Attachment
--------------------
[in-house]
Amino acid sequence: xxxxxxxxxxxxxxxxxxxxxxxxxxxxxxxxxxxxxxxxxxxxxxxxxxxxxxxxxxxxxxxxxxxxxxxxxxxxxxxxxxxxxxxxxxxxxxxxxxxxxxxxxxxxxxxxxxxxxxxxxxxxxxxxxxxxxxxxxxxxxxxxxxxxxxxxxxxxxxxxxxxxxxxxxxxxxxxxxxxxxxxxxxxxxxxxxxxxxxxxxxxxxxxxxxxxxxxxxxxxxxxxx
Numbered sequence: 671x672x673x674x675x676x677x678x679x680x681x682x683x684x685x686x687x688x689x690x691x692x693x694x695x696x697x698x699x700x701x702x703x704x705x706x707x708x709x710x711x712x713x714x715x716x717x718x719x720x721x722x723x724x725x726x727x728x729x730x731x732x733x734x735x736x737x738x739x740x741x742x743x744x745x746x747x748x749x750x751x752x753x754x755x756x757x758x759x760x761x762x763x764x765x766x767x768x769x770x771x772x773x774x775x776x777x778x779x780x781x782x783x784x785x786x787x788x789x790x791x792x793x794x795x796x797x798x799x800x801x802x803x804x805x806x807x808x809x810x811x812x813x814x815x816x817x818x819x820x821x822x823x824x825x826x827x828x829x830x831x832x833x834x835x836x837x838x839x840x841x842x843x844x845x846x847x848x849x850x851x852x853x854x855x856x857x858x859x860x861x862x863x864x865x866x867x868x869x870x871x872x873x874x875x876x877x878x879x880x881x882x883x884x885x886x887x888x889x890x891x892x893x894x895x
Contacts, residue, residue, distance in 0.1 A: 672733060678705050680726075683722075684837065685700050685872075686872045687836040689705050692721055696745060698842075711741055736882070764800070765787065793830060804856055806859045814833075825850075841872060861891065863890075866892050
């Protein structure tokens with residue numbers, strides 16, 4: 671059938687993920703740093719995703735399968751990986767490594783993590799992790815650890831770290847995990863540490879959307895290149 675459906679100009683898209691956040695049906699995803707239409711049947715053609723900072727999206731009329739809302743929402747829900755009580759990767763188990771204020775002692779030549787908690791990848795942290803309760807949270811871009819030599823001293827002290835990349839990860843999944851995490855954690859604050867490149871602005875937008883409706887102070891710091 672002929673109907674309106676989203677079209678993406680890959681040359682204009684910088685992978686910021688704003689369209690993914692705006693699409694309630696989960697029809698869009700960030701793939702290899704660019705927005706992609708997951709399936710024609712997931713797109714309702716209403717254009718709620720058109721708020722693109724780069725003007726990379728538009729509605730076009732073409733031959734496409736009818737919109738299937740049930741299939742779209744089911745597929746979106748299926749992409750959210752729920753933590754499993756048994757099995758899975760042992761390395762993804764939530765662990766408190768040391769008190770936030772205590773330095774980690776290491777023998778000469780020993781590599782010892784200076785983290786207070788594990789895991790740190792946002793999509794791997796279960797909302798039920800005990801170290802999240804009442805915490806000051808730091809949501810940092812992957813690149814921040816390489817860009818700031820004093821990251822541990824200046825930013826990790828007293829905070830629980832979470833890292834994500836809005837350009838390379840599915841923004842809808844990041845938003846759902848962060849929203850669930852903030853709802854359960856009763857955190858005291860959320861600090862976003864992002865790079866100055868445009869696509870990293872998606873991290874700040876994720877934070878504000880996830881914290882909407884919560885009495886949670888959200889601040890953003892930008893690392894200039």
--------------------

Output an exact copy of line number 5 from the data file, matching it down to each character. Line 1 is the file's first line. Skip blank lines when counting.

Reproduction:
């Protein structure tokens with residue numbers, strides 16, 4: 671059938687993920703740093719995703735399968751990986767490594783993590799992790815650890831770290847995990863540490879959307895290149 675459906679100009683898209691956040695049906699995803707239409711049947715053609723900072727999206731009329739809302743929402747829900755009580759990767763188990771204020775002692779030549787908690791990848795942290803309760807949270811871009819030599823001293827002290835990349839990860843999944851995490855954690859604050867490149871602005875937008883409706887102070891710091 672002929673109907674309106676989203677079209678993406680890959681040359682204009684910088685992978686910021688704003689369209690993914692705006693699409694309630696989960697029809698869009700960030701793939702290899704660019705927005706992609708997951709399936710024609712997931713797109714309702716209403717254009718709620720058109721708020722693109724780069725003007726990379728538009729509605730076009732073409733031959734496409736009818737919109738299937740049930741299939742779209744089911745597929746979106748299926749992409750959210752729920753933590754499993756048994757099995758899975760042992761390395762993804764939530765662990766408190768040391769008190770936030772205590773330095774980690776290491777023998778000469780020993781590599782010892784200076785983290786207070788594990789895991790740190792946002793999509794791997796279960797909302798039920800005990801170290802999240804009442805915490806000051808730091809949501810940092812992957813690149814921040816390489817860009818700031820004093821990251822541990824200046825930013826990790828007293829905070830629980832979470833890292834994500836809005837350009838390379840599915841923004842809808844990041845938003846759902848962060849929203850669930852903030853709802854359960856009763857955190858005291860959320861600090862976003864992002865790079866100055868445009869696509870990293872998606873991290874700040876994720877934070878504000880996830881914290882909407884919560885009495886949670888959200889601040890953003892930008893690392894200039």